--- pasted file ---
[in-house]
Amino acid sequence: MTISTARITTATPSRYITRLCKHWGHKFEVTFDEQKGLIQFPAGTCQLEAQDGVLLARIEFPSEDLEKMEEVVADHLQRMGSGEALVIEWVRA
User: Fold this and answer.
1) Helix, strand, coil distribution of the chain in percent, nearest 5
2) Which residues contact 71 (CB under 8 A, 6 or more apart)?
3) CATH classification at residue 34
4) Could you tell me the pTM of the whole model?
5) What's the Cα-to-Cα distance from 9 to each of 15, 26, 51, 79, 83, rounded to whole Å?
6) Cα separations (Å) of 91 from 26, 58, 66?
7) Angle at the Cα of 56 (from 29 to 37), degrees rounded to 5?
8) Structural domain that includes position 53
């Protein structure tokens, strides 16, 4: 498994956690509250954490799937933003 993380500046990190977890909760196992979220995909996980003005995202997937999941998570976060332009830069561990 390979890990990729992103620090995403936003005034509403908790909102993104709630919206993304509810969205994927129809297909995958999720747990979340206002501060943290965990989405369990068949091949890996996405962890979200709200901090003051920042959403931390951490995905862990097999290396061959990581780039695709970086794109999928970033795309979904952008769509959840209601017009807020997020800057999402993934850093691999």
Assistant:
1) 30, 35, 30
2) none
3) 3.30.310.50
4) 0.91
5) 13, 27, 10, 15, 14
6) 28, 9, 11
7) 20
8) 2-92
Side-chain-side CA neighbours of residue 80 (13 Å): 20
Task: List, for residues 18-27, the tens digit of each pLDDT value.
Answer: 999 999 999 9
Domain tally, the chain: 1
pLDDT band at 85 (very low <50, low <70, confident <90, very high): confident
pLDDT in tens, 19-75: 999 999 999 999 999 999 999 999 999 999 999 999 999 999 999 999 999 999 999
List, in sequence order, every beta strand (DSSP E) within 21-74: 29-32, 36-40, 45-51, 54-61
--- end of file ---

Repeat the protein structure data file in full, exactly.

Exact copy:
[in-house]
Amino acid sequence: MTISTARITTATPSRYITRLCKHWGHKFEVTFDEQKGLIQFPAGTCQLEAQDGVLLARIEFPSEDLEKMEEVVADHLQRMGSGEALVIEWVRA
User: Fold this and answer.
1) Helix, strand, coil distribution of the chain in percent, nearest 5
2) Which residues contact 71 (CB under 8 A, 6 or more apart)?
3) CATH classification at residue 34
4) Could you tell me the pTM of the whole model?
5) What's the Cα-to-Cα distance from 9 to each of 15, 26, 51, 79, 83, rounded to whole Å?
6) Cα separations (Å) of 91 from 26, 58, 66?
7) Angle at the Cα of 56 (from 29 to 37), degrees rounded to 5?
8) Structural domain that includes position 53
């Protein structure tokens, strides 16, 4: 498994956690509250954490799937933003 993380500046990190977890909760196992979220995909996980003005995202997937999941998570976060332009830069561990 390979890990990729992103620090995403936003005034509403908790909102993104709630919206993304509810969205994927129809297909995958999720747990979340206002501060943290965990989405369990068949091949890996996405962890979200709200901090003051920042959403931390951490995905862990097999290396061959990581780039695709970086794109999928970033795309979904952008769509959840209601017009807020997020800057999402993934850093691999």
Assistant:
1) 30, 35, 30
2) none
3) 3.30.310.50
4) 0.91
5) 13, 27, 10, 15, 14
6) 28, 9, 11
7) 20
8) 2-92
Side-chain-side CA neighbours of residue 80 (13 Å): 20
Task: List, for residues 18-27, the tens digit of each pLDDT value.
Answer: 999 999 999 9
Domain tally, the chain: 1
pLDDT band at 85 (very low <50, low <70, confident <90, very high): confident
pLDDT in tens, 19-75: 999 999 999 999 999 999 999 999 999 999 999 999 999 999 999 999 999 999 999
List, in sequence order, every beta strand (DSSP E) within 21-74: 29-32, 36-40, 45-51, 54-61